(And other musings on the history, controversy, irony, stereotypes, cultural associations, and cultural complexity that the show and its cast have brought to light)
MTV’s Jersey Shore: Family Vacation airs its seventh episode on Thursday, and the reunion season has managed to reinsert the likes of Deena, JWoww, Pauly D, Ronnie, Snooki, The Situation, and Vinny back into certain corners of pop culture. (Sammi Sweetheart isn’t even there and yet she’s kinda back, too.)
Technically a new series – and already renewed for a second season – episodes have drawn between 1.44 and 2.55 million viewers, making it the highest-rated original cable show among 18-to-49 year-olds on all but two of the Thursday nights it’s aired. The only telecasts that topped it were the NFL Draft on April 26 and the NBA Playoffs on May 3.
While strong, those numbers are a far cry from Jersey Shore’s original six-season run, which spanned 71 episodes over three years and peaked at 8 million-plus viewers per episode. At its apex, it was the second-most watched Thursday-night show on cable or network television for 18-to-49 year-olds, behind only American Idol on Fox.
The fact that Jersey Shore still commands attention and dominates its night on cable – nearly a decade after its premiere – is a testament to how much of a pop culture juggernaut it was. The show that gave us GTL, T-shirt time, and "the note" successfully brought contemporary guido culture to the mainstream. Its popularity surged despite controversy – or perhaps because of it – and in spite of another interesting and telling cultural fact, the significance of which extends far beyond Thursday nights on MTV.
Jersey Shore’s cast members are self-proclaimed “guidos” and “guidettes,” and MTV originally ran promos declaring that they’d brought together the “hottest, tannest, craziest guidos” for the show. The program’s negative portrayal of Italian-Americans ignited criticism from several Italian-American organizations, and MTV’s use of the pejorative “guido” in promos prompted Domino’s Pizza to withdraw as an advertiser. (Ten more national advertisers followed suit. MTV removed the word from promos and descriptions but let it run free in the show.)
Every American ethnic group has its stereotypes. But with Jersey Shore, we have a show built around people who actively associate their idiocy, however mindlessly entertaining, with the negative stereotypes of one particular group. The cast flies the proverbial flag – or paints it on their chests – and advances, explains, and justifies their antics as “Italian-American.” Worse yet, if you actually lift up the genealogical hood, you find that the Jersey Shore cast is barely over half Italian-American:
Only three of Jersey Shore’s eight original cast members claim full Italian ancestry – Paul DelVecchio ("Pauly D"), Mike Sorrentino ("The Situation"), and Vinny Guadagnino. Three others, Angelina Pivarnick, Ronnie Ortiz-Magro, and Sammi Giancola ("Sammi Sweetheart"), are half Italian-American. (Angelina is Polish on her father’s side, Ronnie is Puerto Rican on his mother’s side, and Sammi is Greek on her mother’s side.) Jenny Farley ("JWoww") and Nicole Polizzi ("Snooki") do not have any Italian ancestry at all.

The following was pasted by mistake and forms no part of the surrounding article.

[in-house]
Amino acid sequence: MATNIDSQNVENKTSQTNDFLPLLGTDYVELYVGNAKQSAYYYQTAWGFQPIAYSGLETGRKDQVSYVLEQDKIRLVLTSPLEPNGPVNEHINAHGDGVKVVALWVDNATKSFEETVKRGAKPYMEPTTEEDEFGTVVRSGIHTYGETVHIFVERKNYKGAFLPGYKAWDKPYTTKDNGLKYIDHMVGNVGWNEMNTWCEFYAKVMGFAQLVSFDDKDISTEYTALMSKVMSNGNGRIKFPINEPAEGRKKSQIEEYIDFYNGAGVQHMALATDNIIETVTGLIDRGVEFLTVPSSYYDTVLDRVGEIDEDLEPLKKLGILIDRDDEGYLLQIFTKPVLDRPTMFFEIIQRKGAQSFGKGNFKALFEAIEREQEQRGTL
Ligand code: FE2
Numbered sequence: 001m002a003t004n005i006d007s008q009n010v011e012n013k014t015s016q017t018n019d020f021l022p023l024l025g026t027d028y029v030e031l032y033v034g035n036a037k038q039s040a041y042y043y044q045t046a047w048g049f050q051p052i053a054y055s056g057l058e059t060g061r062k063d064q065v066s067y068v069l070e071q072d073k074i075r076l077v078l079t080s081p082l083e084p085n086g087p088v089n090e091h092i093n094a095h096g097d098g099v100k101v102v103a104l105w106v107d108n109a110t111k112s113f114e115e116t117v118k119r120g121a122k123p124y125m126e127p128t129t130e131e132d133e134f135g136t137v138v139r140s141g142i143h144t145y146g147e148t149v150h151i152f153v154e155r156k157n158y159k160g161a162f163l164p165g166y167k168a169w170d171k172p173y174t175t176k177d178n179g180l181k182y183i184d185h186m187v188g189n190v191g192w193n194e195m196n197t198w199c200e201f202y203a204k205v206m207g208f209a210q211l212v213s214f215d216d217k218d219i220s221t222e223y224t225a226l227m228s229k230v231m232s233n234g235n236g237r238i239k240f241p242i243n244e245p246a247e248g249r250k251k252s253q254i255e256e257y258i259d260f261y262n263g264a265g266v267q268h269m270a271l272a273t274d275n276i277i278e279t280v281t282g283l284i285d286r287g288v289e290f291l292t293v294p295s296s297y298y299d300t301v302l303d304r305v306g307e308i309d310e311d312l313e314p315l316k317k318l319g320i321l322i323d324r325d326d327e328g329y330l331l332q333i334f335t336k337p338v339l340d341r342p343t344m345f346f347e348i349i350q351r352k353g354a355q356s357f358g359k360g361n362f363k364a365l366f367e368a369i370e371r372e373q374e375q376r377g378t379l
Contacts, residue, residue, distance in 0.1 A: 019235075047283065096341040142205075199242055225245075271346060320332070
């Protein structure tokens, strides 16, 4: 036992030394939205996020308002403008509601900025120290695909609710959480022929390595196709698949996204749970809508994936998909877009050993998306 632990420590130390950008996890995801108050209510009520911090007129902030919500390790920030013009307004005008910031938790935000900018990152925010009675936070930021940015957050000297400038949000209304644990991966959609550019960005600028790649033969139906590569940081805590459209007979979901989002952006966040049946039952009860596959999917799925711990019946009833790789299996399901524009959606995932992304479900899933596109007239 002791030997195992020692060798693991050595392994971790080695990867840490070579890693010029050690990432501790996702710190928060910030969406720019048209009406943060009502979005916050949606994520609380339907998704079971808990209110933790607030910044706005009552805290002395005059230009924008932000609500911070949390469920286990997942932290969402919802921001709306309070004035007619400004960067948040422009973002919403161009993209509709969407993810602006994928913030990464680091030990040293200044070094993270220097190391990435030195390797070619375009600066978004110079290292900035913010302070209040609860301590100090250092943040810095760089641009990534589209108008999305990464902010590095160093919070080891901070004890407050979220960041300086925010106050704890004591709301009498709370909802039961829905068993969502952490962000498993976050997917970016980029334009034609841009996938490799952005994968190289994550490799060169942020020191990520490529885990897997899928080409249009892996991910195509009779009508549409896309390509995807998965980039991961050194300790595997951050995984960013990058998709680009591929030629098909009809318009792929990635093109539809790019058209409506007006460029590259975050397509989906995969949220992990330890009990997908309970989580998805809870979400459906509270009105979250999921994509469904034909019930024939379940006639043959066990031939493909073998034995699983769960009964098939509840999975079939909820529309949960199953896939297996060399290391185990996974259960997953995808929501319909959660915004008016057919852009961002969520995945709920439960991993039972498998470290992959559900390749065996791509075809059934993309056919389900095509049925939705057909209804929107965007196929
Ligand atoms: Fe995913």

What we end up with is the bastardization of a culture by a group of people who, to a sizable extent, merely chose to represent it. And there’s an interesting irony to that. For generations, many Italian-Americans (and members of other immigrant groups) felt compelled, thought it an advantage, or otherwise elected to Americanize their names and whitewash their Italian ancestry, which American society viewed as somewhere between "too ethnic" and "criminal." (Sound familiar?) Some were stars. Others might have been your parents or grandparents.
In 1963, Anna Maria Louisa Italiano from the Bronx won the Academy Award for Best Actress for The Miracle Worker. America knew her as Anne Bancroft. Dean Martin was born Dino Paul Crocetti in Steubenville, Ohio. Tony Bennett is Anthony Dominick Benedetto from Queens. In 1972, six out of 13 Italian-American congressmen “had either English or Americanized family names.” Whoever signed up my mother’s Italian-immigrant father for school in the Bronx took the liberty of making a similar first- and last-name switch for him. And still harboring this old-school mindset in the 1990s, my father’s father once politely told me to consider changing my own name if I wanted to pursue certain public professions.
As recently as 1983, The New York Times Magazine ran a long piece on “Italian-Americans Coming into Their Own,” highlighting that “Americans of Italian descent… [had] attained a kind of critical mass in terms of affluence, education, aspiration and self-acceptance.” The article opens in the offices of three-term New York Governor Mario Cuomo and offers a fascinating glimpse into how the Italian-American journey was felt and perceived at the time. It closes with the story of William D'Antonio visiting his daughter Laura at college. Laura comments that she's "the only 100% Italian in [her] dorm... but [she knows] at least a dozen people who wish they were Italian." William muses that 40 years earlier, "[he] would not have been able to admit that [he] was Italian, much less imagine any dozen people who wished they were.''